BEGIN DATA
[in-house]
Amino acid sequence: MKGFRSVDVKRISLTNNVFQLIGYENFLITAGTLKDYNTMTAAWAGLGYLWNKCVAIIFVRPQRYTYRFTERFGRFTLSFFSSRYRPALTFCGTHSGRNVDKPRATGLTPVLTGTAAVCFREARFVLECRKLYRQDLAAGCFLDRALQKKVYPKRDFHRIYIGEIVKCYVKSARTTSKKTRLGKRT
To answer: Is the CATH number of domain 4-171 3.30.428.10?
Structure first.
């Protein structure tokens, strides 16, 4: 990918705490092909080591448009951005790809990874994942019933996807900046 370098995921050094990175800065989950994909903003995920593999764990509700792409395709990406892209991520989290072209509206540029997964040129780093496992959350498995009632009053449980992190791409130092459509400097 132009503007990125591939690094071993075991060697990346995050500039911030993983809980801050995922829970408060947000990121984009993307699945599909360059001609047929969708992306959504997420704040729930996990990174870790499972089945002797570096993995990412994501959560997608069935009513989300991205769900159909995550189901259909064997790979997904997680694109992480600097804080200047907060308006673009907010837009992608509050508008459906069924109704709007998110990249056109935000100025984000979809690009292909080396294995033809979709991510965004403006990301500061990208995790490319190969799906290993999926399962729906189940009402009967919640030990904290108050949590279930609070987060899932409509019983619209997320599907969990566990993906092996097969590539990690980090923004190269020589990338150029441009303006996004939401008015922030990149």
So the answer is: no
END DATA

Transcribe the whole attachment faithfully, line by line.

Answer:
[in-house]
Amino acid sequence: MKGFRSVDVKRISLTNNVFQLIGYENFLITAGTLKDYNTMTAAWAGLGYLWNKCVAIIFVRPQRYTYRFTERFGRFTLSFFSSRYRPALTFCGTHSGRNVDKPRATGLTPVLTGTAAVCFREARFVLECRKLYRQDLAAGCFLDRALQKKVYPKRDFHRIYIGEIVKCYVKSARTTSKKTRLGKRT
To answer: Is the CATH number of domain 4-171 3.30.428.10?
Structure first.
């Protein structure tokens, strides 16, 4: 990918705490092909080591448009951005790809990874994942019933996807900046 370098995921050094990175800065989950994909903003995920593999764990509700792409395709990406892209991520989290072209509206540029997964040129780093496992959350498995009632009053449980992190791409130092459509400097 132009503007990125591939690094071993075991060697990346995050500039911030993983809980801050995922829970408060947000990121984009993307699945599909360059001609047929969708992306959504997420704040729930996990990174870790499972089945002797570096993995990412994501959560997608069935009513989300991205769900159909995550189901259909064997790979997904997680694109992480600097804080200047907060308006673009907010837009992608509050508008459906069924109704709007998110990249056109935000100025984000979809690009292909080396294995033809979709991510965004403006990301500061990208995790490319190969799906290993999926399962729906189940009402009967919640030990904290108050949590279930609070987060899932409509019983619209997320599907969990566990993906092996097969590539990690980090923004190269020589990338150029441009303006996004939401008015922030990149």
So the answer is: no